In 2021, as a consequence of the COVID-19 pandemic, global supply chains and shipments slowed, causing worldwide shortages and affecting consumer patterns. Causes of the economic slowdown included workers becoming sick with COVID-19 as well as mandates and restrictions affecting the availability of staff. In cargo shipping, goods remained at port due to staffing shortages.
The related global chip shortage has contributed to the supply chain crisis, specifically in the automobile and electronics sectors. During the Christmas and holiday season of 2021, an increase in spending in North America, combined with the spread of the Omicron variant of COVID-19, further exacerbated already tight supplies.
Long tail effects of the supply chain crises are contributing to ongoing food security issues related to the pandemic, including the 2022 food crises.
- The supply chains that were disrupted during the COVID-19 pandemic faced huge challenges and struggled to recover. Industries around the world shutdown due to the rapid spread of the virus in 2020.
- There was reduced industrial activity and lower consumer demand. While consumer demand increased quickly when lockdowns were lifted, manufacturers and distributors of goods were stymied by worker shortages and a lack of key components and raw materials. Additional bottlenecks included containers, shipping, trucks, railroads and warehouses.
- Ports around the world were impacted with ports in the United States in particular experiencing blockages as they were overwhelmed with container ships and their cargo.
- The ports of Long Beach and Los Angeles together account for approximately 40% of the shipping containers entering the United States.
- More than three-quarters of the containers leaving Los Angeles were empty in July 2021 whereas about two-thirds of the containers leaving U.S. ports are typically filled with exports. Many of containers were going back empty due to the rush by shippers to bring in imports of back-to-school supplies and fall fashions from Asia.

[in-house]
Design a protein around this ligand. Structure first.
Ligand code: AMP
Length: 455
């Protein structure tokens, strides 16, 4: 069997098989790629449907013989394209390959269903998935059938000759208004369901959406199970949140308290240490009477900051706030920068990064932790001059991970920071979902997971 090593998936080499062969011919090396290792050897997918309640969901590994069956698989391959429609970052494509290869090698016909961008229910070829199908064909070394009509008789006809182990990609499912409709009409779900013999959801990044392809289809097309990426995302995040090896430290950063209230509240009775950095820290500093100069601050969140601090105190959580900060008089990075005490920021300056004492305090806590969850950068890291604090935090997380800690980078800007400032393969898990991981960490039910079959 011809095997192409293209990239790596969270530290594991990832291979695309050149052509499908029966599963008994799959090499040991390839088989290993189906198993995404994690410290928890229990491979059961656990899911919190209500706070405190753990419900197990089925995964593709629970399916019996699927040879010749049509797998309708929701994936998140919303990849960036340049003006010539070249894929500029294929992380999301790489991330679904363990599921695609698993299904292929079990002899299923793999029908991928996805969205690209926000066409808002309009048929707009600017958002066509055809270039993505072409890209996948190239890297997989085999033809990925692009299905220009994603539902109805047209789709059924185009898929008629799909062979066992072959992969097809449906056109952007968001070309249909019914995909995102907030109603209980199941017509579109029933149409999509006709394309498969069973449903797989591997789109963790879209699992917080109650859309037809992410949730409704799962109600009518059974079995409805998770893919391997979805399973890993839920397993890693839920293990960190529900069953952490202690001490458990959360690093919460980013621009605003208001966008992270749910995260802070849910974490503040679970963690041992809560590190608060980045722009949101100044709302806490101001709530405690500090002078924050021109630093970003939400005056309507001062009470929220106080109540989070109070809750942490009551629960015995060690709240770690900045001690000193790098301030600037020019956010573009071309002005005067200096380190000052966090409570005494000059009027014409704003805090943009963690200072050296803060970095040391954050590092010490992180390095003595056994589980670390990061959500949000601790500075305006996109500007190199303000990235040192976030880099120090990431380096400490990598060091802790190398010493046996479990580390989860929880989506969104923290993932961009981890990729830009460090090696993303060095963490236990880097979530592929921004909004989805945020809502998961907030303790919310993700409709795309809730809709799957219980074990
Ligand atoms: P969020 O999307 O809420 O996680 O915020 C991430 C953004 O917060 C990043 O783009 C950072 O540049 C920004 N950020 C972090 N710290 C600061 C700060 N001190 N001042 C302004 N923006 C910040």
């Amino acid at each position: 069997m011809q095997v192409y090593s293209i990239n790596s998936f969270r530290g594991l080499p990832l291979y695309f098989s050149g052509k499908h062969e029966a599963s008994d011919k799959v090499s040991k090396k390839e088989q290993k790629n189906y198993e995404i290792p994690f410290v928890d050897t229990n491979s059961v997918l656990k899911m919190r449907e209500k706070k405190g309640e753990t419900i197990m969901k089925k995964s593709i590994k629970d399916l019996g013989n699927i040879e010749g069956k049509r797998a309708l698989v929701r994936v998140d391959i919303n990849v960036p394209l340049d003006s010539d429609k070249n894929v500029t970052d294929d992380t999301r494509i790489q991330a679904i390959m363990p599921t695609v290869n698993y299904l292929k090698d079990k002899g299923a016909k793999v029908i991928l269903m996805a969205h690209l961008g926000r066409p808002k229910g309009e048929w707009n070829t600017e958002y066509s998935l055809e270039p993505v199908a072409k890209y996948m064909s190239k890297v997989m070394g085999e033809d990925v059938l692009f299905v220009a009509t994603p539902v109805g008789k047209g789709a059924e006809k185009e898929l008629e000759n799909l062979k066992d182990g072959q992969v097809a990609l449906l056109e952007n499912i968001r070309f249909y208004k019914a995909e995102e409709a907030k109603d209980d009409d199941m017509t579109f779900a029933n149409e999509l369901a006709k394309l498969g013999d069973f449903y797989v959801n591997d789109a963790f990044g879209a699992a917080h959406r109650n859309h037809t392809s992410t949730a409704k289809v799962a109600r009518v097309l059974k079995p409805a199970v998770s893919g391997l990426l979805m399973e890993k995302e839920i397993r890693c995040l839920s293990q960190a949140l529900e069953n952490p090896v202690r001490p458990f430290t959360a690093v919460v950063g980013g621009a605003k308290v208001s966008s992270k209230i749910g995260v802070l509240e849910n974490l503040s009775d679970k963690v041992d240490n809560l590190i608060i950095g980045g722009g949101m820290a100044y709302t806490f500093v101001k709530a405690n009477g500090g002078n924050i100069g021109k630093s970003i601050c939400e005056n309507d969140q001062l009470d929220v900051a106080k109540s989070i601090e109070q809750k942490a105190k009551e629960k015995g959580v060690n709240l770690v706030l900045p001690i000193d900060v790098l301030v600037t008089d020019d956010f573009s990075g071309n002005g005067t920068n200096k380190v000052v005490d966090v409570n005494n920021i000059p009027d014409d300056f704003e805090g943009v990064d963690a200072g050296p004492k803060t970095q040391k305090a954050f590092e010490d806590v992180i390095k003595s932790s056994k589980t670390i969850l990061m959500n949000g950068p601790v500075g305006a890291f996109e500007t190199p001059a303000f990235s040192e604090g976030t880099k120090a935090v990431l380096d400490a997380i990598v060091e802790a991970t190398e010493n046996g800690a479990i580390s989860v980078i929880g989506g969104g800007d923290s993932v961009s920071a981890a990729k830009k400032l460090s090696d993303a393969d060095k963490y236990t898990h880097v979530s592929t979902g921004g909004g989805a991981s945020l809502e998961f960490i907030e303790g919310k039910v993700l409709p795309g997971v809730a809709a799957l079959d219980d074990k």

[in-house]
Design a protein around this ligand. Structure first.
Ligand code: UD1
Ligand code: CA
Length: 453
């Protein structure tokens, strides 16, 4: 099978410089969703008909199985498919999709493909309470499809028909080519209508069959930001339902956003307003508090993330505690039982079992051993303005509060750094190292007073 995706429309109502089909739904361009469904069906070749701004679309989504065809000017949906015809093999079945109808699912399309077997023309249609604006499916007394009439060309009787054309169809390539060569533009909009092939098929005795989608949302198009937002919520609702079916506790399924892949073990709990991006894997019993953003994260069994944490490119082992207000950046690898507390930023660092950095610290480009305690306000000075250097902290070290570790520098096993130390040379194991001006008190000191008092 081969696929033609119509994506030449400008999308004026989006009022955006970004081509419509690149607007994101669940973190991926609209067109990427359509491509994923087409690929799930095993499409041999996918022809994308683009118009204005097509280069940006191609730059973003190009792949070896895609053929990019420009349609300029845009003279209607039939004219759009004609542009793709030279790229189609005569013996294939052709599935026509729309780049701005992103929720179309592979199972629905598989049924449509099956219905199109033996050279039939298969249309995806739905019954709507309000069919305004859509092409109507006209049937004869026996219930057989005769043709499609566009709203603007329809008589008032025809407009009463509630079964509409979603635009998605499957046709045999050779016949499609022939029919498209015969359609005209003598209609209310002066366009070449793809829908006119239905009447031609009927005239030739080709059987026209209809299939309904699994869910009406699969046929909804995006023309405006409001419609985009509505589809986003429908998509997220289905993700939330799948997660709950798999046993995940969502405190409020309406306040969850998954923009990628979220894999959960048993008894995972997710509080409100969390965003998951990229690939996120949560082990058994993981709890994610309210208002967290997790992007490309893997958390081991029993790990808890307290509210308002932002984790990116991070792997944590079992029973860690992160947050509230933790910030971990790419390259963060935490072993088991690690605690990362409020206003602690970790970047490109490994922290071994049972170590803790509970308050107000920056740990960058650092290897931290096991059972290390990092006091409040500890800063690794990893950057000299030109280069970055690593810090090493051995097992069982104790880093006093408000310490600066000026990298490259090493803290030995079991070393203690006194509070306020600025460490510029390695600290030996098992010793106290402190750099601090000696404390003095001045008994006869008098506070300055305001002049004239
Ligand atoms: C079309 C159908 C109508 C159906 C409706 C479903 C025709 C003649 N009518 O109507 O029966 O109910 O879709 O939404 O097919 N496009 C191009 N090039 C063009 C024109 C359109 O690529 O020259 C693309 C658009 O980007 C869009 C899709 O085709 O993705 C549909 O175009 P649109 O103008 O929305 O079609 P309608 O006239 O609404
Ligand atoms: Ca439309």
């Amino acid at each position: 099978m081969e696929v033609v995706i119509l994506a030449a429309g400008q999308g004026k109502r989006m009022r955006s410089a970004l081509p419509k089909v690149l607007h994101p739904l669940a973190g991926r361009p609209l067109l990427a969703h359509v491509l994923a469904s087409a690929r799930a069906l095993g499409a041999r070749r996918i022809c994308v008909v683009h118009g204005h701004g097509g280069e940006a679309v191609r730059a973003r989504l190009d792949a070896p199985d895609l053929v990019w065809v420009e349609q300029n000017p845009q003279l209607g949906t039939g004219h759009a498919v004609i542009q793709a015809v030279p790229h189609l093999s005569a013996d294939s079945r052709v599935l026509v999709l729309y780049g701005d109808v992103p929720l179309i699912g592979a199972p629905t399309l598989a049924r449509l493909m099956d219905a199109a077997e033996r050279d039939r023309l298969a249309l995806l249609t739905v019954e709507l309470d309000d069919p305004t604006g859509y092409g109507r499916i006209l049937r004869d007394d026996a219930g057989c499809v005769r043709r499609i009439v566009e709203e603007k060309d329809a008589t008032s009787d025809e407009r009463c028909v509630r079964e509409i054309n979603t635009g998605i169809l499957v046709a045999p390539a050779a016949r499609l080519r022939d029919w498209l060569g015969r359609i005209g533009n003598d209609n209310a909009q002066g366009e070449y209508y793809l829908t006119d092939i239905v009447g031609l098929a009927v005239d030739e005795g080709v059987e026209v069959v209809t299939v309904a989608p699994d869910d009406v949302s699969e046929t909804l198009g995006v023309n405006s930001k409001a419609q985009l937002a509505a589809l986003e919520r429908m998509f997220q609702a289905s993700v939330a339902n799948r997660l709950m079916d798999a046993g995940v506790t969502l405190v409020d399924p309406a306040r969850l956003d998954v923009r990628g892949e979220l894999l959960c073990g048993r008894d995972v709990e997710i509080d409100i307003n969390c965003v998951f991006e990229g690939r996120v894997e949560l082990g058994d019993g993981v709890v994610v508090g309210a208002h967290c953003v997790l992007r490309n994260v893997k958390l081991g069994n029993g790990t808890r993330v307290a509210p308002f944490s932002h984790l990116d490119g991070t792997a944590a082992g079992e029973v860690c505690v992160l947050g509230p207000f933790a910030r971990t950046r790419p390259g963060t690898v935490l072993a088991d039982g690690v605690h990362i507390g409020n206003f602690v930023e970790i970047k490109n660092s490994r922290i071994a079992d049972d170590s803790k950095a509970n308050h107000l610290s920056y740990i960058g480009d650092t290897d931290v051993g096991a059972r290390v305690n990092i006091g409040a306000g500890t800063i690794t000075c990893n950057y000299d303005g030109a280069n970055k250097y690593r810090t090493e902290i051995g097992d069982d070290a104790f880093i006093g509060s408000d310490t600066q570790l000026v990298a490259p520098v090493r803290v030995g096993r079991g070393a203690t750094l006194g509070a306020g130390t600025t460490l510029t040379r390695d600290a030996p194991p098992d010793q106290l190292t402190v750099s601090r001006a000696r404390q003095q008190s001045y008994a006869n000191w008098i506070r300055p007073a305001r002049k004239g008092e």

- This impacted Midwestern farmers and California almond growers who ship to customers overseas. Shipping companies placed a lower priority on products that paid lower shipping rates resulting in various exports being delayed.
- In October, there were a record number of ships at the docks of these two Los Angeles area ports as well a record number of ships waiting for a slip. In early November, more than 100 ships were anchored in San Pedro Bay.
- It was unusual for even one vessel to be waiting offshore before the coronavirus pandemic. In late 2021 and the first month of 2022, container ships have remained at American ports unloading goods for seven days on average, 21 percent higher than at the start of the pandemic.
- The mayhem at ports and shipping yards was a key driver for rising prices together with the market dominance of major companies. In early 2022, politicians and central bankers worked to tame inflation as businesses continued to struggle to manufacture and distribute their products.
Learn more below on the Broken Supply Chain System and Why the Shortages will persist for years
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